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4441 Clinical Features, Treatment Patterns and Outcomes of 864 Newly Diagnosed Hodgkin Lymphoma Patients in Latin America and the Impact of PET Scan Availability on Survival: A Study from the Grupo De Estudio Latinoamericano De Linfoproliferativos (GELL)

Program: Oral and Poster Abstracts
Session: 624. Hodgkin Lymphomas and T/NK cell Lymphomas: Clinical and Epidemiological: Poster III
Hematology Disease Topics & Pathways:
Research, Clinical Practice (Health Services and Quality), Clinical Research, health outcomes research, real-world evidence, registries
Monday, December 11, 2023, 6:00 PM-8:00 PM

Sofía Gabriela Rivarola, MD1*, German R. Stemmelin, MD2*, Jule F Vasquez, MD3, Maria Elvira Enciso Arrua, MD4*, Seisha Von Glasenapp, PhD5*, Carolina Oliver, MD6, Fernando Warley, MD7*, Maria Orlova, MD7*, Rosa Oliday Rios Jiménez8*, Alfredo Reinaldo Quiroz, MD9*, Marialejandra Torres Viera, MD10,11*, Henry Idrobo Quintero12,13,14,15*, Diego Fernando Garces Paz, MD16*, Denisse Castro, MD17,18,19,20, Julio D Fernández Águila, MD21*, Victoria Irigoín, MD22*, Jorge J. Castillo, MD23, Brady E Beltran, MD24,25*, Luis Vilela, MD26*, Bryan Valcarcel, MD, MPH27 and Luis Enrique Malpica Castillo, MD28

1Hospital Británico de Buenos Aires, CABA, AL, Argentina
2Hospital Britanico BS.AS, Buenos Aires, Caba, ARG
3Oncosalud - AUNA, Lima, Peru
4Departamento de Hematología, Hospital Central Instituto de Previsión Social, Asunción, Paraguay
5Department of Hematology, INSTITUTO DE PREVISION SOCIAL, Asuncion, Paraguay
6British Hospital, Montevideo, Uruguay
7Hospital Italiano de Buenos Aires, Buenos Aires, Argentina
8Hospital Clínico Quirúrgico Hermanos Amejeiras, La Habana, Cuba
9Hospital Central IPS, Asuncion, Paraguay
10Clinica Santa Sofia, Caracas, Miranda, VEN
11Unidad Linfomas, Instituto Hematología y Oncología Universidad Central Venezuela, Caracas, Venezuela (Bolivarian Republic of)
12Universidad del Valle, Cali, Colombia
13Centro Médico Julían Coronel, Cali, Colombia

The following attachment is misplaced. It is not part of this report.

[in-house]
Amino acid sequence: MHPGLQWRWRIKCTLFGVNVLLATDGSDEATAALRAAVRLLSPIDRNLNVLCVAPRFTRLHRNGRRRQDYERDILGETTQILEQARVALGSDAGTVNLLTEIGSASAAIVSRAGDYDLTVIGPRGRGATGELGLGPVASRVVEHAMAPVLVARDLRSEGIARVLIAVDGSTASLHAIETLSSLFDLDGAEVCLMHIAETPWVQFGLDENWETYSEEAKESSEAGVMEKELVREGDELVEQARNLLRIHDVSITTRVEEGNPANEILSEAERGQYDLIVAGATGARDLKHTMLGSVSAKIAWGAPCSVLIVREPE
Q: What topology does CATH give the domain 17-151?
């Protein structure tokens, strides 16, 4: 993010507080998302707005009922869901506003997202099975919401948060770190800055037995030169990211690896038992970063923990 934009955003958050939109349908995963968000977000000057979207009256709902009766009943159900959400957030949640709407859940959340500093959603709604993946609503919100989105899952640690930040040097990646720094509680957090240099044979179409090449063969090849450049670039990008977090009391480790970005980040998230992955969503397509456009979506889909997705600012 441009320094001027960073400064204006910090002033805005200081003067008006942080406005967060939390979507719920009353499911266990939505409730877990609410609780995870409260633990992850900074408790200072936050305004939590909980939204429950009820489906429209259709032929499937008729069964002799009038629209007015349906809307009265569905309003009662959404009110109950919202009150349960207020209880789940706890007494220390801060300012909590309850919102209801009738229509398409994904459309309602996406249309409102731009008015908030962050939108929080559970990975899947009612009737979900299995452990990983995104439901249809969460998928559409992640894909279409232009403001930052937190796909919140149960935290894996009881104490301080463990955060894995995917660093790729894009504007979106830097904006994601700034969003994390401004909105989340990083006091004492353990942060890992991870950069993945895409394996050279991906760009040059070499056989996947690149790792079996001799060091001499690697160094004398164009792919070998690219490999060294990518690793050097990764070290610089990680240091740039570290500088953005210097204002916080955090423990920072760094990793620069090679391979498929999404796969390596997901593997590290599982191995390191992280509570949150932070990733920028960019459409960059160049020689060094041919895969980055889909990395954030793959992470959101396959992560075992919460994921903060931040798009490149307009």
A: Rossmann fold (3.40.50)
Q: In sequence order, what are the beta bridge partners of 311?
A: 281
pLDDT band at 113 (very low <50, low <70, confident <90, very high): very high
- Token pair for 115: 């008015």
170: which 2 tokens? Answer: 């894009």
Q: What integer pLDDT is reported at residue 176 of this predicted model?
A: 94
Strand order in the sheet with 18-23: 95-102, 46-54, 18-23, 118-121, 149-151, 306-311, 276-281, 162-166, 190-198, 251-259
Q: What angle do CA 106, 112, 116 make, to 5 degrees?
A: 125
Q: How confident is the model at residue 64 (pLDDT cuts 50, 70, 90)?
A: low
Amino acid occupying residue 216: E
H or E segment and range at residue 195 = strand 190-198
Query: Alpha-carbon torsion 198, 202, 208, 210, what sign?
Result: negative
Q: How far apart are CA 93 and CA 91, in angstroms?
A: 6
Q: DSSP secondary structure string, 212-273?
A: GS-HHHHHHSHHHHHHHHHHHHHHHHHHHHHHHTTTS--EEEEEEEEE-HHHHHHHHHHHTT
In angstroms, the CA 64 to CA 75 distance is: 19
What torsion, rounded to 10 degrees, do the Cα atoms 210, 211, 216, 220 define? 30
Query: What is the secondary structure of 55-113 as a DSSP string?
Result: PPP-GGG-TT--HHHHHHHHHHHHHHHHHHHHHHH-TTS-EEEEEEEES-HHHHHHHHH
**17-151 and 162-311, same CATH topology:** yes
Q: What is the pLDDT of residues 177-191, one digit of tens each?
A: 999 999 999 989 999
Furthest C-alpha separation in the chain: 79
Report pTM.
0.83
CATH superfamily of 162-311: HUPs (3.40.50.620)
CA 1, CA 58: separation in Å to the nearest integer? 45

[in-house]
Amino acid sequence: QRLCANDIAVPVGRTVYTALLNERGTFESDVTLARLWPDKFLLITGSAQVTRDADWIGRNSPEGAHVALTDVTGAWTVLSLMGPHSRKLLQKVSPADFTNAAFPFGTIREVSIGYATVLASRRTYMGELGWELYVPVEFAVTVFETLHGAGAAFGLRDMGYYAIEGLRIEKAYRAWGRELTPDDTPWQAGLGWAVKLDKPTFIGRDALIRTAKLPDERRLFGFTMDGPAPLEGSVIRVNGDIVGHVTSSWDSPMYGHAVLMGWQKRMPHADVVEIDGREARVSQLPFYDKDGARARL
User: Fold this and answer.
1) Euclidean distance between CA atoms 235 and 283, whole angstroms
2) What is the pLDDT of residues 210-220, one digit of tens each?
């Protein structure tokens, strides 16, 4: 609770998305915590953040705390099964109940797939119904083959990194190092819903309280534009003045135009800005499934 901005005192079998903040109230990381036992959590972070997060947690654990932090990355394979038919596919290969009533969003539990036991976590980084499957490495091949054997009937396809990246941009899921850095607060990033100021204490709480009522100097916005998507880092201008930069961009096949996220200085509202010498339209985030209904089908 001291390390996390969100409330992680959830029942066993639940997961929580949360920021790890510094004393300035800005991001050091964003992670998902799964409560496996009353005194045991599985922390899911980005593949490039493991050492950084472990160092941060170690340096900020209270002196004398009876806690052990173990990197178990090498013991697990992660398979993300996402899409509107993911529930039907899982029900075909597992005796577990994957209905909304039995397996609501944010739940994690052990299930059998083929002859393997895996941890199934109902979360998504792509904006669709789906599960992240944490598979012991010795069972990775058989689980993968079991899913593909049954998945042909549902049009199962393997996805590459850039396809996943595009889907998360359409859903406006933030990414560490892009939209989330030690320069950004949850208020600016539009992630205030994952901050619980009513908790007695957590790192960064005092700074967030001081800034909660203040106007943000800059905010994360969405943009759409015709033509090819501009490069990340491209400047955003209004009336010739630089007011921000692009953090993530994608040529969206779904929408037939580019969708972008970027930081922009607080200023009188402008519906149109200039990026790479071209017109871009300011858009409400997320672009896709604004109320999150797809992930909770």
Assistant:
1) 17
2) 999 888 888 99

14Clinica la Estancia, Popayan, Colombia
15Asociación Colombiana de Hematología y Oncología (ACHO), Bogotá, Colombia
16Instituto Nacional de Oncología Ospedale INOOS, Bogota, Colombia
18Hospital Edgardo Rebaglati Martins, lima, Peru
19Hospital Nacional Edgardo Rebagliati Martins, Lima, Peru
20Centro de Investigación de Medicina de Precisión, Universidad de San Martin de Porres, Lima, Peru
21Hospital Universitario Dr Gustavo Aldereguía Lima, Cienfuegos, Cuba
22Hospital De Clinicas, Montevideo, URY
23Dana-Farber Cancer Institute, Bing Center for Waldenström Macroglobulinemia, Boston, MA
24Instituto de Investigaciones en Ciencias Biomédicas (INICIB). Universidad Ricardo Palma, Lima-Perú., Lima, Peru
25Servicio Oncología Médica, Hospital Edgardo Rebagliati, Lima, Peru
26Hospital Fernando Ocaranza ISSSTE/ Dr. Ignacio Chávez ISSSTESON. Hermosillo Sonora Universidad Autónoma de Sinaloa., Sinaloa, Mexico
27The George Washington University, Washington, DC
28Department of Lymphoma and Myeloma, University of Texas MD Anderson cancer Center, Houston, TX

Background: Hodgkin lymphoma (HL) is a lymphoid neoplasm with high cure rates. Around 90% of patients (pts) will achieve response to first-line treatment. Real-world studies in Latin America (LATAM) are lacking. Moreover, inequity in the access to imaging technology and drugs represent a real challenge for Latin American countries with palpable influences in patient outcomes. Herein, we describe the clinical features, treatment patterns, and outcomes of HL pts managed in LATAM.

Method: We conducted a retrospective cohort study of adults aged ≥17 years with newly diagnosed HL across academic centers in 7 LATAM countries from 2003 to 2022, with follow-up through July 2023. Medical records were manually reviewed, and data were abstracted in a standardized form. Cancer staging was performed by Ann Arbor and German HL Study Group criteria. Survival probabilities were estimated with the Kaplan-Meier method and compared with the Log-rank test. Multivariable Cox regression models were fitted by cancer stage stratification. A landmark analysis was performed to assess the lack of PET scan availability at the end of treatment (EOT) in LATAM.